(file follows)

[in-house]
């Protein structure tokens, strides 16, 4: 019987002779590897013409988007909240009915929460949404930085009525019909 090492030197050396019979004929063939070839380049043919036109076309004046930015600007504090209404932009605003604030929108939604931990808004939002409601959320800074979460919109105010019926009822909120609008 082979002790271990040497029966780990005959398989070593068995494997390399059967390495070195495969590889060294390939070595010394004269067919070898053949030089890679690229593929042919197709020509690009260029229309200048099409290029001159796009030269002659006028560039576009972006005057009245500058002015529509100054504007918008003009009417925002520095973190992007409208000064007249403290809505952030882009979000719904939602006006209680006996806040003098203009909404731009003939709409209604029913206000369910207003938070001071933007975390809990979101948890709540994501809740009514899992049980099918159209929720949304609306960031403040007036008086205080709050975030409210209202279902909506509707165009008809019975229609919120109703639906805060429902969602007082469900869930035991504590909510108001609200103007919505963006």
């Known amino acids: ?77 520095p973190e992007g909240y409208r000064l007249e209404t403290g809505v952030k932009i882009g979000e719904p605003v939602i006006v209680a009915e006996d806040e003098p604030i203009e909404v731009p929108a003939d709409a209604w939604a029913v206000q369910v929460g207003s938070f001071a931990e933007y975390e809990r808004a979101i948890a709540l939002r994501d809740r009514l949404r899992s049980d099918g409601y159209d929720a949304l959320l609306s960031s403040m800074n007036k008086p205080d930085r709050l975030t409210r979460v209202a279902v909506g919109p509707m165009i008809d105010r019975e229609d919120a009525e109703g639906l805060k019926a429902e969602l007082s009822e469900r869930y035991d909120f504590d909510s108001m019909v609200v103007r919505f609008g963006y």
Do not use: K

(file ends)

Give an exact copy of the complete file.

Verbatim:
[in-house]
């Protein structure tokens, strides 16, 4: 019987002779590897013409988007909240009915929460949404930085009525019909 090492030197050396019979004929063939070839380049043919036109076309004046930015600007504090209404932009605003604030929108939604931990808004939002409601959320800074979460919109105010019926009822909120609008 082979002790271990040497029966780990005959398989070593068995494997390399059967390495070195495969590889060294390939070595010394004269067919070898053949030089890679690229593929042919197709020509690009260029229309200048099409290029001159796009030269002659006028560039576009972006005057009245500058002015529509100054504007918008003009009417925002520095973190992007409208000064007249403290809505952030882009979000719904939602006006209680006996806040003098203009909404731009003939709409209604029913206000369910207003938070001071933007975390809990979101948890709540994501809740009514899992049980099918159209929720949304609306960031403040007036008086205080709050975030409210209202279902909506509707165009008809019975229609919120109703639906805060429902969602007082469900869930035991504590909510108001609200103007919505963006």
């Known amino acids: ?77 520095p973190e992007g909240y409208r000064l007249e209404t403290g809505v952030k932009i882009g979000e719904p605003v939602i006006v209680a009915e006996d806040e003098p604030i203009e909404v731009p929108a003939d709409a209604w939604a029913v206000q369910v929460g207003s938070f001071a931990e933007y975390e809990r808004a979101i948890a709540l939002r994501d809740r009514l949404r899992s049980d099918g409601y159209d929720a949304l959320l609306s960031s403040m800074n007036k008086p205080d930085r709050l975030t409210r979460v209202a279902v909506g919109p509707m165009i008809d105010r019975e229609d919120a009525e109703g639906l805060k019926a429902e969602l007082s009822e469900r869930y035991d909120f504590d909510s108001m019909v609200v103007r919505f609008g963006y």
Do not use: K